I have a suggestion for Mr. Koziol. If you are going to write a story about a “fringe” topic, discuss it with a few people with knowledge. And check sources, carefully, and consider how the story fits together. Do the parts confirm the overall theme, or are they merely a collection of pieces containing a common word or phrase? There is nothing about LENR or cold fusion in this press release, other than the name and a vague agreement to perform unspecified “additional work” relating to “the physics of low energy nuclear reactions” and something called “advanced energetics” (which probably has nothing to do with LENR). But the main focus of the contract is plasma physics, and expertise in plasma physics will tell a scientist nothing about LENR, which, as a collection of known effects, takes place in condensed matter, the opposite of a plasma. Hot fusion takes place in plasma conditions, such as the interior of stars, hydrogen bombs, or plasma fusion devices, at temperatures of millions of degrees. Condensed matter cannot exist at the temperatures required for hot fusion.  I predict that nothing useful will come out of that part of the MacB contract. (But we have no details, nor did this reporter attempt to obtain them, it appears. Like the rest of the story, this is shallow, a collection of marginally related facts or ideas. If the intention of that part of the contract were to ask for a physics review of, say, Widom-Larsen theory, it could be useful. We already have some reviews by physicists, totally ignored by Koziol.)
I’d be happy to respond to questions from Mr. Koziol or anyone, about LENR/cold fusion. I’ve read a few papers and I know a few researchers, and I sat with Feynman at Cal Tech, 1961-63 (yes, during those lectures) so I do have some understanding of what I’ve been reading, plus I collect all this stuff and am organizing it, to support students, making me familiar with the material, and I’ve been writing about cold fusion, now, for about ten years, in environments where people will jump on mistakes. Which I appreciate.
I decided to look for more about the contract.
http://www.macb.com/wp-content/uploads/2018/08/Naval-Research-Lab_-New-TO-No.-N00173-18-F-3002.pdf#page=5 is the actual “Statement of Work.” There is no mention of LENR there. However, the customer is NRL Low-Temperature Plasma Group.  I think someone, preparing the press release, mislabled that part of the research. This was not newsworthy on the topic of the Spectrum article. It probably has nothing to do with LENR. The context was weird, as I point out above. Plasma physics for LENR is more or less an oxymoron.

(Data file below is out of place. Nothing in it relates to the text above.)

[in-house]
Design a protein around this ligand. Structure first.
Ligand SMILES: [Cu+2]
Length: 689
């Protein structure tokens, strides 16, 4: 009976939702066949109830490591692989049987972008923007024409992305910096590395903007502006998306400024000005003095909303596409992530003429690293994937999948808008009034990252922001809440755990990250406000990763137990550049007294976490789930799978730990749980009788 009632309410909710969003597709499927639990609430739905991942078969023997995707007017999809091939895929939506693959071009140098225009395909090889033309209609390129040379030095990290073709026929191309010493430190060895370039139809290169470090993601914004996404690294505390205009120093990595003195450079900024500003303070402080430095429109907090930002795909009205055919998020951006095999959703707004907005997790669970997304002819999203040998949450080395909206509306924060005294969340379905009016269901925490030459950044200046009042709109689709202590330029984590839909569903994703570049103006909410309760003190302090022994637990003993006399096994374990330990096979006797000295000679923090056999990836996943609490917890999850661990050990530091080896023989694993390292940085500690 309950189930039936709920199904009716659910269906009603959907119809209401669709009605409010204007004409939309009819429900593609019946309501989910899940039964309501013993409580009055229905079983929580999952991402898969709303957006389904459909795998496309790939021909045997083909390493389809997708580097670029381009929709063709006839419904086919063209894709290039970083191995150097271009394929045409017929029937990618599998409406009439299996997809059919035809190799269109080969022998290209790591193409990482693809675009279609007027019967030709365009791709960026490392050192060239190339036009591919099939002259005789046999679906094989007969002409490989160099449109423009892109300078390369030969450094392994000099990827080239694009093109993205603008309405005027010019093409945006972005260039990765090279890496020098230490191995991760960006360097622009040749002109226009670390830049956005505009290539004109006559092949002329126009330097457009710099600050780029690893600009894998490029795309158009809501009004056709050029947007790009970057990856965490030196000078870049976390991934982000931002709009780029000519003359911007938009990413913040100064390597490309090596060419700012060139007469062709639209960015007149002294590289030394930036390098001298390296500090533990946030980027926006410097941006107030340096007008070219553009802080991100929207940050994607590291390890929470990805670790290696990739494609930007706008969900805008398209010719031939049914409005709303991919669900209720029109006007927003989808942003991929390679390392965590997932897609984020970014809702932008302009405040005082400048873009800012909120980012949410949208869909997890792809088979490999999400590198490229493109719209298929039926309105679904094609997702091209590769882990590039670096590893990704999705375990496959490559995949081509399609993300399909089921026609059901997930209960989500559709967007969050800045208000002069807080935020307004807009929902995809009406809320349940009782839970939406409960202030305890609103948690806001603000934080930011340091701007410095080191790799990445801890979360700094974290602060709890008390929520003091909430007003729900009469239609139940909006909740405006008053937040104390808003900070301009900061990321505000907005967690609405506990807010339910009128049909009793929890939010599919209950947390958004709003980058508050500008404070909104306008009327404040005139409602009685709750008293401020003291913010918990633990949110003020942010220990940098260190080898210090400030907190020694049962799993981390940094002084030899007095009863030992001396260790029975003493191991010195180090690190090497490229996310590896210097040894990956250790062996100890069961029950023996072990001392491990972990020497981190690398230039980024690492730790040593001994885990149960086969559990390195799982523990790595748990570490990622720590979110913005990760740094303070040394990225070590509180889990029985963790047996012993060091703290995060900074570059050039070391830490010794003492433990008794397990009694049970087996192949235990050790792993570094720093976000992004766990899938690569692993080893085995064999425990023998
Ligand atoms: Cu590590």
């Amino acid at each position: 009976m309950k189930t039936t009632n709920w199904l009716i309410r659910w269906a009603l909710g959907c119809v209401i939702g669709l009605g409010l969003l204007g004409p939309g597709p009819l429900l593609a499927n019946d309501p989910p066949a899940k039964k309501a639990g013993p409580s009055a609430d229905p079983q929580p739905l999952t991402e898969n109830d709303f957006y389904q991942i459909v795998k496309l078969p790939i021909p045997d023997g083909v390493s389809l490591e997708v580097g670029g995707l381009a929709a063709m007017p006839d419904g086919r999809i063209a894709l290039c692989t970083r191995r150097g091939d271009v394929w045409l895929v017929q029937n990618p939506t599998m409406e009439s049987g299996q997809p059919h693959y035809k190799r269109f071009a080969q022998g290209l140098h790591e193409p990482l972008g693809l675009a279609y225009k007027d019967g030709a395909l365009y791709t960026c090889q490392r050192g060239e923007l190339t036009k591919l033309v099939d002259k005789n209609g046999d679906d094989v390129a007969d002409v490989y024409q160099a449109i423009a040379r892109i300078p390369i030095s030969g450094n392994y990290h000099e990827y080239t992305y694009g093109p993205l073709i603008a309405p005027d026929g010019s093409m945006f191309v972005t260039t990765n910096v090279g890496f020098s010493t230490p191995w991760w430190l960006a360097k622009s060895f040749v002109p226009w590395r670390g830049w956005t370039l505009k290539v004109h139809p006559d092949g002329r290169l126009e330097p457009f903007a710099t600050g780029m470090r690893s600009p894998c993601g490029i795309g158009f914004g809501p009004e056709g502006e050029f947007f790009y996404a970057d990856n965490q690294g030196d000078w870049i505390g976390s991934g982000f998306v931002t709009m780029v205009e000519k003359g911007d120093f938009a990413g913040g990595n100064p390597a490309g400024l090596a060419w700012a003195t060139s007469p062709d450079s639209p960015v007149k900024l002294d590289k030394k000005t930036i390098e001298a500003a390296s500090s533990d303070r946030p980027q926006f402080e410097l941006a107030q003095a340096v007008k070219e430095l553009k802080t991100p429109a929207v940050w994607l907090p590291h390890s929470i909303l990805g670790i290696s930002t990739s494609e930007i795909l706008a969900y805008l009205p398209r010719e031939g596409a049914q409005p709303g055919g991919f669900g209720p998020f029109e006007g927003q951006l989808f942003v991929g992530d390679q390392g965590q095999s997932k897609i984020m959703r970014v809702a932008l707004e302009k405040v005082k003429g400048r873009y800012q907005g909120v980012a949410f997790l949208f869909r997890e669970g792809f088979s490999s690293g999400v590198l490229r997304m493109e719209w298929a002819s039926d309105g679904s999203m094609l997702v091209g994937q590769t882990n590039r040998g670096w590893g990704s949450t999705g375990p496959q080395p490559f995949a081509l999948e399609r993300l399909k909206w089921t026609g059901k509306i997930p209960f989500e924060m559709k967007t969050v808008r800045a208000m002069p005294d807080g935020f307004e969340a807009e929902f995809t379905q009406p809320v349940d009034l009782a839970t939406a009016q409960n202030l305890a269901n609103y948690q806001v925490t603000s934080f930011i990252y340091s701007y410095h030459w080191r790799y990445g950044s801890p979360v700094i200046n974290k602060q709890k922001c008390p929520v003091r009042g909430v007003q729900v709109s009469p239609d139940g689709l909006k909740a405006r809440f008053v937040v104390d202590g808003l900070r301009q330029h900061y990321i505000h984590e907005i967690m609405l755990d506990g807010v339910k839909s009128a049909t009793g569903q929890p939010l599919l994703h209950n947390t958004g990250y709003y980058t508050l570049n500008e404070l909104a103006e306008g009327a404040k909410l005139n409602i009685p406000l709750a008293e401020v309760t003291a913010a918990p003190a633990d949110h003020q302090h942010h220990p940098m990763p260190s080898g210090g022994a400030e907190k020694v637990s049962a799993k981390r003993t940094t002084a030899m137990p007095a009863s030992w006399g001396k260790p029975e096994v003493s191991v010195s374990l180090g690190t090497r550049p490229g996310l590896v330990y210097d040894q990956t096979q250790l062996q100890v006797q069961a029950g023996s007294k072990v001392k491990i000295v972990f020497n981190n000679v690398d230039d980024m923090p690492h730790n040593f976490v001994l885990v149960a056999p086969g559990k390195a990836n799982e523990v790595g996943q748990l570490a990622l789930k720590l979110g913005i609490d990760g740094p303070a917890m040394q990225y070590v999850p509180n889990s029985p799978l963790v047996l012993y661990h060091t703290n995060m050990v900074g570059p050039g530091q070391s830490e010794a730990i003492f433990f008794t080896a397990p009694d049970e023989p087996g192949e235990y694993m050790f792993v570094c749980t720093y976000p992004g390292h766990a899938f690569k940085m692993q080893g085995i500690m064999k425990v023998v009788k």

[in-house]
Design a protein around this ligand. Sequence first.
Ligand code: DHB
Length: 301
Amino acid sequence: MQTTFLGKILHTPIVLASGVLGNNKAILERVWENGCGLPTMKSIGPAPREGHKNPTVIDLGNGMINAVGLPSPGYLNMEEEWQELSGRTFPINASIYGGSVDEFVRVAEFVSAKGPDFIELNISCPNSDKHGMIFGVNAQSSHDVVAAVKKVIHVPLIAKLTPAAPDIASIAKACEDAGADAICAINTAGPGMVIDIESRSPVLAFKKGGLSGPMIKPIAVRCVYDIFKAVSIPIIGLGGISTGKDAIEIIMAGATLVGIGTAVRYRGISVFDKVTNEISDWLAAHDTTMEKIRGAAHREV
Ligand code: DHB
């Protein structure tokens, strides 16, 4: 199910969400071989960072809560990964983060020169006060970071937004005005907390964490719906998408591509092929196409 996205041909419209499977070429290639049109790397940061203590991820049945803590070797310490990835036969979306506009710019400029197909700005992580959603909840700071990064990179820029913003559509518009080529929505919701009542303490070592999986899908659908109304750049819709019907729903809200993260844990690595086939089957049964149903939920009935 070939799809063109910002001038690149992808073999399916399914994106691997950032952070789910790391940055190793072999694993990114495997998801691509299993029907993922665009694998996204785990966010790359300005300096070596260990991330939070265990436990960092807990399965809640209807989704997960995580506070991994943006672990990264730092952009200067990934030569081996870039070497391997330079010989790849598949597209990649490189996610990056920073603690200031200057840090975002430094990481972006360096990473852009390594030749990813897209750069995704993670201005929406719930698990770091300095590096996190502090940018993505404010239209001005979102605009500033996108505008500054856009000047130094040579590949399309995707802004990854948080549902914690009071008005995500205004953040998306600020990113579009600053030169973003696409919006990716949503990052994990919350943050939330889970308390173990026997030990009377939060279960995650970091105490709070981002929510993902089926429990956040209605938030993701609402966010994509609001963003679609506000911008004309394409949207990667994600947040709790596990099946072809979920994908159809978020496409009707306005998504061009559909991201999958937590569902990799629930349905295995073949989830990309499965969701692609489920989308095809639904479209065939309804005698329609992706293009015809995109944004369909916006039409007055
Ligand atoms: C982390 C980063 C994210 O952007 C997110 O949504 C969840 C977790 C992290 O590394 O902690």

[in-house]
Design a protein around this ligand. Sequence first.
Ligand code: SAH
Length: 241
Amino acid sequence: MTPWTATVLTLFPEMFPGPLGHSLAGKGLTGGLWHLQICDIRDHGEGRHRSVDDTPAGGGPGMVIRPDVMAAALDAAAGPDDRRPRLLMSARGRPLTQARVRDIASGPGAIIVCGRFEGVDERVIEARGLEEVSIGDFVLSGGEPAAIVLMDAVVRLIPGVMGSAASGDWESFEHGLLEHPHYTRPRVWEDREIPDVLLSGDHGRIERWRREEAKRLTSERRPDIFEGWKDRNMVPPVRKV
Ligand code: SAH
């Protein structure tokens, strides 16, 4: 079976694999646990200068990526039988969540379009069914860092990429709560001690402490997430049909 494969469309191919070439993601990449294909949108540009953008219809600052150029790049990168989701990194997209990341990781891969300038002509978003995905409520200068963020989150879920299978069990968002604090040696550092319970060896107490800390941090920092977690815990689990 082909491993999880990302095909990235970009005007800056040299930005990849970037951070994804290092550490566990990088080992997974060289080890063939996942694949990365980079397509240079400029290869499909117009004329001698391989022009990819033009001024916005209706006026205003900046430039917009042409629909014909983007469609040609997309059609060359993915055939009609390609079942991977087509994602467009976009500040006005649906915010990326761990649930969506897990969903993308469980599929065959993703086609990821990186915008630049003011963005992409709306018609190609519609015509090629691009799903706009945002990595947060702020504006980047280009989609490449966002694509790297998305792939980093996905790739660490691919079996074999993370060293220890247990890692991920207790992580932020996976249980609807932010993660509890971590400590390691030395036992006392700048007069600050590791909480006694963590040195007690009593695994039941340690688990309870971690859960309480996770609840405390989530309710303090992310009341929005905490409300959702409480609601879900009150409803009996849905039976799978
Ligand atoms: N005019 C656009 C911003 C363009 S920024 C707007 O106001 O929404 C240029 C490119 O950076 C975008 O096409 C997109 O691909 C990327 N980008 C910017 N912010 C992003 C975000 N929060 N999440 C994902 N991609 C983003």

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7 thoughts on “Koziol 2018”

    1. No. Plasma physics is quite well understood and explored, and plasma reactions are not hidden, like those in condensed matter. There are two reasons why Greg might think what he wrote:

      1. Rossi’s claims. ’nuff said on that.
      2. plasma experiments by others that show LENR effects. These effects always involve a solid material, such as a gas discharge electrode, and the effects are observed in the electrode, generally. Plasma impact on an electrode surface is one of the conditions that might create SAV phases on the surface, if taking place with loaded material (hydrogen or deuterium).

      There is no credible experimental evidence for LENR effects in the plasma itself. Further, all LENR theory still standing (i.e., at least somewhat plausible) requires the presence of condensed matter, the opposite of a plasma. In a plasma, interactions are entirely or almost entirely two-body, so the Born-Oppenheimer Approximation holds.